1:53pm Monday 14th January 2013
By Barry Nelson
A NEW rail stop to serve one of the region's busiest hospitals is to be built - 25 years after it was first suggested.
Plans for the stop at Middlesbrough's James Cook University Hospital have now been approved by Middlesbrough Council's Planning Committee.
Work on the long-delayed project will begin this summer, with completion scheduled for March 2014.
Funding for the new station was secured following a successful bid by Tees Valley Unlimited (TVU) to the Govenrment's Local Sustainable Transport Fund.
Welcoming the latest development, TVU managing director Stephen Catchpole said: "This new station is a long-standing aspiration which is being funded as part of the £4.5m received through the Local Sustainable Transport Fund, alongside the improvements at 11 existing Tees Valley stations.
"It will help us realise one of our priority transport ambitions, enhancing our existing rail network and supporting the economic regeneration of the area by increasing the mobility of workers and the accessibility of a key site."
The 113m long halt will be to the south of the hospital next to the existing blue footbridge which currently serves the hospital and the Park End and Berwick Hills estates.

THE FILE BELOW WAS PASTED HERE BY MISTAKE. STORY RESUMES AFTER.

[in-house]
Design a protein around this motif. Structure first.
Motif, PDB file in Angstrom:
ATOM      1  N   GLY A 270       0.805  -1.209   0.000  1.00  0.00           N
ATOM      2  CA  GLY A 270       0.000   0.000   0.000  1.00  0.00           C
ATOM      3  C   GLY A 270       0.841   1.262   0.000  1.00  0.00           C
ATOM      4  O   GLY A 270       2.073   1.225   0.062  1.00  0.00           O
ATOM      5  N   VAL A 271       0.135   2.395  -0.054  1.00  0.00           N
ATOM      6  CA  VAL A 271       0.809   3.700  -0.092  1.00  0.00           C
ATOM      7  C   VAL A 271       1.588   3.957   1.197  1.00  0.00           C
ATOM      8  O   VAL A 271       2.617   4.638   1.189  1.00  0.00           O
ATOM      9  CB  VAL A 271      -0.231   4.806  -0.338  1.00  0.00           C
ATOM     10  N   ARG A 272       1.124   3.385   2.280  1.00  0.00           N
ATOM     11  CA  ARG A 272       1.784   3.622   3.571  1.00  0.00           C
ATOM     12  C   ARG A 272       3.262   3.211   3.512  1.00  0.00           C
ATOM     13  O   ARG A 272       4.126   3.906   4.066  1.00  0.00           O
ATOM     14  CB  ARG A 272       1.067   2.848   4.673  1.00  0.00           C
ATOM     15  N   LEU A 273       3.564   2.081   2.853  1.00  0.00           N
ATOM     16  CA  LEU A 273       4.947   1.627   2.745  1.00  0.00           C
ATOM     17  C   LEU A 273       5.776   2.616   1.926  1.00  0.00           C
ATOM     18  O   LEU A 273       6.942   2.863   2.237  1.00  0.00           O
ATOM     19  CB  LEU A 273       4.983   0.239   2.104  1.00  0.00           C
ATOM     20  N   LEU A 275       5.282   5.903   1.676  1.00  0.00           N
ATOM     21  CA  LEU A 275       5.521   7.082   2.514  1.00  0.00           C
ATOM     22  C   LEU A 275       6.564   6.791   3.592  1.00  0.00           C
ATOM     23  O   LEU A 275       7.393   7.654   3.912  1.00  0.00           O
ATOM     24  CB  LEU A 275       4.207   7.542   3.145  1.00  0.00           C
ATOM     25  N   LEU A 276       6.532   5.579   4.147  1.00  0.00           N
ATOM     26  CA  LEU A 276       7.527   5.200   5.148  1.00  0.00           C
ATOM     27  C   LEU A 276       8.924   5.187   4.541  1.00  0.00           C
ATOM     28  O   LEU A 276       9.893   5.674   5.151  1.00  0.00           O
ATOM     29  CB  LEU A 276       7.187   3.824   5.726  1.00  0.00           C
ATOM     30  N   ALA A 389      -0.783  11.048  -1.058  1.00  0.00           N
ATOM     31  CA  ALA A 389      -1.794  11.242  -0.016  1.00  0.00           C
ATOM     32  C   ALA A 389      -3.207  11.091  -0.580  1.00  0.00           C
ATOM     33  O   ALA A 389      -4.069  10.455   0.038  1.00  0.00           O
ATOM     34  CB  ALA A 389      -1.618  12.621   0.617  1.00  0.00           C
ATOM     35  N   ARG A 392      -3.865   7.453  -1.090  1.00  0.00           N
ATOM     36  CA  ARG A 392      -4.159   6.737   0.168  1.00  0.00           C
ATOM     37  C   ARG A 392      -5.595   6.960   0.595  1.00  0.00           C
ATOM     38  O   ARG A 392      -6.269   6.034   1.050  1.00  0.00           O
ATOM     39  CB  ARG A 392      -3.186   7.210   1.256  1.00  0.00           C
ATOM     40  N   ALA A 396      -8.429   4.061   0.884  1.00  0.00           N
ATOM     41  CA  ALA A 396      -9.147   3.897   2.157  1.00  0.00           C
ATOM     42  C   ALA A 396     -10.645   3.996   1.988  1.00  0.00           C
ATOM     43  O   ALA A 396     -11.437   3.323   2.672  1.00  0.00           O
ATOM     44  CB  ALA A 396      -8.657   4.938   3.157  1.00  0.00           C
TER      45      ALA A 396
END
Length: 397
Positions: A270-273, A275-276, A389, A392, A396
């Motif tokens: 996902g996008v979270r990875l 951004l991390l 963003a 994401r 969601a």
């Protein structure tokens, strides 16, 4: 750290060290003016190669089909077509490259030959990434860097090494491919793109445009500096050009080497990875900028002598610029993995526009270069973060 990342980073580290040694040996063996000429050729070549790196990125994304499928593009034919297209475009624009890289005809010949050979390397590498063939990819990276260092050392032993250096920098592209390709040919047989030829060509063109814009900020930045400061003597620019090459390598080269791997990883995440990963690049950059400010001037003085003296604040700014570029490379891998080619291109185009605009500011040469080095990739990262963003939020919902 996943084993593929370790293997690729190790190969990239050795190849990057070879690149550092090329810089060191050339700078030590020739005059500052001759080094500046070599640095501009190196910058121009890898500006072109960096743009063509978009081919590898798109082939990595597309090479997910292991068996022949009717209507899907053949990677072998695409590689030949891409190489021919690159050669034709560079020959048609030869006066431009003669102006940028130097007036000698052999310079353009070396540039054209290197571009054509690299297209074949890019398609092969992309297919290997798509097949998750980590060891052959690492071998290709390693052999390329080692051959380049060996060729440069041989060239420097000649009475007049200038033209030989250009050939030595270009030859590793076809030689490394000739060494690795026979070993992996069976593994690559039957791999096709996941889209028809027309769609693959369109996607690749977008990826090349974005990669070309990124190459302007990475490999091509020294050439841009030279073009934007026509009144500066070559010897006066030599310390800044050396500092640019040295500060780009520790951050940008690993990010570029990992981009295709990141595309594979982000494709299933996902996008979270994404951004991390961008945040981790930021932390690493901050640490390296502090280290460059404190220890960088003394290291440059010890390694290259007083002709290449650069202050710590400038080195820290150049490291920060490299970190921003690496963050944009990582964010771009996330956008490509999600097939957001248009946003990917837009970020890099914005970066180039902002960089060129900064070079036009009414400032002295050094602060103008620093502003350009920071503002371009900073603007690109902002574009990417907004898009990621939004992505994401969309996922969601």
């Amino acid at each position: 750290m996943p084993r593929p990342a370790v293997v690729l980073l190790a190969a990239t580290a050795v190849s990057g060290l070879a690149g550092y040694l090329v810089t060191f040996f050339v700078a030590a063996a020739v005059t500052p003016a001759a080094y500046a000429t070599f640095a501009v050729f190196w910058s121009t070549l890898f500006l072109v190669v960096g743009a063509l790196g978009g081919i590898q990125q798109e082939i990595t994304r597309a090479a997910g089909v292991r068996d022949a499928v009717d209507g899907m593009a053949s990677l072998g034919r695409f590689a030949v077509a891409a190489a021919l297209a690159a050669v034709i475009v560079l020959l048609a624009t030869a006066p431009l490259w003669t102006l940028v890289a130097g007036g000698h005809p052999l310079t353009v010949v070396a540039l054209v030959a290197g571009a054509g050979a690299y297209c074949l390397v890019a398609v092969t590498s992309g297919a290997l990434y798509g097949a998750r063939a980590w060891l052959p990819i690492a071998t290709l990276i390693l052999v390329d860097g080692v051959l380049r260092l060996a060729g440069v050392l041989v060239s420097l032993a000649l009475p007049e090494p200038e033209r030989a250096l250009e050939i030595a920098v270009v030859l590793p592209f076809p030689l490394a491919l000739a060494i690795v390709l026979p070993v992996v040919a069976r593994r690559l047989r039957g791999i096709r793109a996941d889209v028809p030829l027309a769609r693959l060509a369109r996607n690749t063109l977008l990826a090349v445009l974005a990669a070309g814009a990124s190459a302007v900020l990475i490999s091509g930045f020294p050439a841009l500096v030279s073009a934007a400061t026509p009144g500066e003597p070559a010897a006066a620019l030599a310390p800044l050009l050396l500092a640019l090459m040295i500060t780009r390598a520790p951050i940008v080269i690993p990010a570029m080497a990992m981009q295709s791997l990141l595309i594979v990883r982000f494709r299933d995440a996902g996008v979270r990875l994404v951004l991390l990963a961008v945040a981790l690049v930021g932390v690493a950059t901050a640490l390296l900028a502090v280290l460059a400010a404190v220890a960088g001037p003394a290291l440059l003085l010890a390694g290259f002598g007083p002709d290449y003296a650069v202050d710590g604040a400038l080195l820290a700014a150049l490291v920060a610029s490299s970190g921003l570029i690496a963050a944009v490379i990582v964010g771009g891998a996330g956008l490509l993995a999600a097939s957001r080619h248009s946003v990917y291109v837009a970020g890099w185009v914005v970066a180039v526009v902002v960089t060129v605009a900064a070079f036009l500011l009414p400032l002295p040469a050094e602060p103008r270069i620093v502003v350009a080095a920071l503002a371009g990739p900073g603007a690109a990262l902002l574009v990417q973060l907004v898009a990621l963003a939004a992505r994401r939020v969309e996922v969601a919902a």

The existing footbridge and upgraded pedestrian and cycle routes will be used to access the platform from the east of the single track railway line.
The station will be lit and covered by CCTV with waiting shelters and other passenger facilities.
Councillor Nicky Walker, Middlesbrough Council's executive member for transport, said: "The transport infrastructure of Middlesbrough and the Teesside area is fragile and any transport initiative is extremely welcome.
"For a number of years we have been advancing the proposal of a rail halt at James Cook University Hospital and I am really pleased this will be realised.
"This new station halt will fill a critical gap in the Tees Valley's rail network.
"Over 50 per cent of traffic in Marton Road enters the hospital and I am sure that over a period of time a new rail halt will reduce the number of cars substantially."
South Tees Hospitals NHS Foundation Trust's director of planning Jill Moulton said: "The rail link will be a major boost for the trust, our staff and our patients. It is something we have been talking about for over 25 years and will greatly improve access for patients."
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